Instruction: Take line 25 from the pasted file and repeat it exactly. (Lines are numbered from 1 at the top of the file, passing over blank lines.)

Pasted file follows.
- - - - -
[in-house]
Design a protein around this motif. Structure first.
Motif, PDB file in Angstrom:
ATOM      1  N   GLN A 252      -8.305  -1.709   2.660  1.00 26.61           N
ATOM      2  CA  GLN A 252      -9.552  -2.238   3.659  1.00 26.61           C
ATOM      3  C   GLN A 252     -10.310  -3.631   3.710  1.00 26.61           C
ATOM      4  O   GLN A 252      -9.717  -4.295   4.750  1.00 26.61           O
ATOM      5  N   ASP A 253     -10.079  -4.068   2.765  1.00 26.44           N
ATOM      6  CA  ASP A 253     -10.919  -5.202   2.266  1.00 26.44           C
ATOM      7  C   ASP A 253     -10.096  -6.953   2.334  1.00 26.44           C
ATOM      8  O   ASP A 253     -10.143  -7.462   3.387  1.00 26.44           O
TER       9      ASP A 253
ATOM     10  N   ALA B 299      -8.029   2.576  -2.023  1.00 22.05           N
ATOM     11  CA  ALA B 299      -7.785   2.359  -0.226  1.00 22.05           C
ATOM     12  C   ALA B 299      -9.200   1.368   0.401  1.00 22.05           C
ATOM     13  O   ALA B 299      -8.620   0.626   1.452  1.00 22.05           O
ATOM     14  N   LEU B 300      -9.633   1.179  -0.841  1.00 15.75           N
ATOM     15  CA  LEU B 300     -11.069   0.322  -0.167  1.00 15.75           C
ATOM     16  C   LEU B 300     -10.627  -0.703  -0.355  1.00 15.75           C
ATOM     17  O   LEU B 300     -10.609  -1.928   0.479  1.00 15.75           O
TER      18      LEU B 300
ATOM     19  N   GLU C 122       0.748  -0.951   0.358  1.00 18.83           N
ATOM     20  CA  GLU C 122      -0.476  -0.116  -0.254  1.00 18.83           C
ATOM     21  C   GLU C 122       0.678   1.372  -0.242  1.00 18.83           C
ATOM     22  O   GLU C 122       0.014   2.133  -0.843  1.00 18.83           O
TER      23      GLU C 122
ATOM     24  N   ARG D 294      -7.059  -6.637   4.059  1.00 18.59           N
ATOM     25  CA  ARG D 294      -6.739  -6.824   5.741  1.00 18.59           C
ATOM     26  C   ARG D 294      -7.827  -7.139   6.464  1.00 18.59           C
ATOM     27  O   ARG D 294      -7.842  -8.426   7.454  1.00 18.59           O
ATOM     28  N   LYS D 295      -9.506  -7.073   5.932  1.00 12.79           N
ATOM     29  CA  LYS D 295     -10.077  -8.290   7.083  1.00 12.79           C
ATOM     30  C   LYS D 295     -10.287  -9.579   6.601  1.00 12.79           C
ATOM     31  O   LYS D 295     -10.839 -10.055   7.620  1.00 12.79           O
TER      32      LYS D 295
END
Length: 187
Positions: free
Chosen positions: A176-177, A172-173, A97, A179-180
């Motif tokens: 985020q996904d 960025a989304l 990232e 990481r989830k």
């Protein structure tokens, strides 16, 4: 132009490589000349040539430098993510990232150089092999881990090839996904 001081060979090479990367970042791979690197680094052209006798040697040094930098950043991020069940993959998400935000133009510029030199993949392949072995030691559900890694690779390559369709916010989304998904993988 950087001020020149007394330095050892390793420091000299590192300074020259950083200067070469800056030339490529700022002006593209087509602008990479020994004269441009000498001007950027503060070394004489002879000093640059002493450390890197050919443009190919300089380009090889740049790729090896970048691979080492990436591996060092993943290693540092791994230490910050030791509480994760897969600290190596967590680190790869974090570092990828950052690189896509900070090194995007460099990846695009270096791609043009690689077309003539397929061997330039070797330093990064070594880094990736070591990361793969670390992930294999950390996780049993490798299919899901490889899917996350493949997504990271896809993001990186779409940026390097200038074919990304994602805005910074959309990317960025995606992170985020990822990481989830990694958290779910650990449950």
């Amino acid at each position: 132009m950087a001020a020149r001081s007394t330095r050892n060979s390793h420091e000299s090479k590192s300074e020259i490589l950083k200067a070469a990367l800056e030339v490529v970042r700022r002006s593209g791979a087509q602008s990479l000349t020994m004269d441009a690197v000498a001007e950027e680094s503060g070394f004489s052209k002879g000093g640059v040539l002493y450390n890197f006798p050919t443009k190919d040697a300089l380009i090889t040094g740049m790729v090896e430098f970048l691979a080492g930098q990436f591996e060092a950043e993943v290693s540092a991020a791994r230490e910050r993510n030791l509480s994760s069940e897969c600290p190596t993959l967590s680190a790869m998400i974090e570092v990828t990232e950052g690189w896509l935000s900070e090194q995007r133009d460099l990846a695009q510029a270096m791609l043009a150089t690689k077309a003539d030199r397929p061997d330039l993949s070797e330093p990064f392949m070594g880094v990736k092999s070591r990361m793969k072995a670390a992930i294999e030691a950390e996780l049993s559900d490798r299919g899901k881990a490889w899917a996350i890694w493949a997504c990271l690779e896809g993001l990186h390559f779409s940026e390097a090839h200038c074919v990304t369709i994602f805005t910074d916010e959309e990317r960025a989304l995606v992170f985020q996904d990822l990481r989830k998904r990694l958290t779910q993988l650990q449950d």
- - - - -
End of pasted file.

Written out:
ATOM     22  O   GLU C 122       0.014   2.133  -0.843  1.00 18.83           O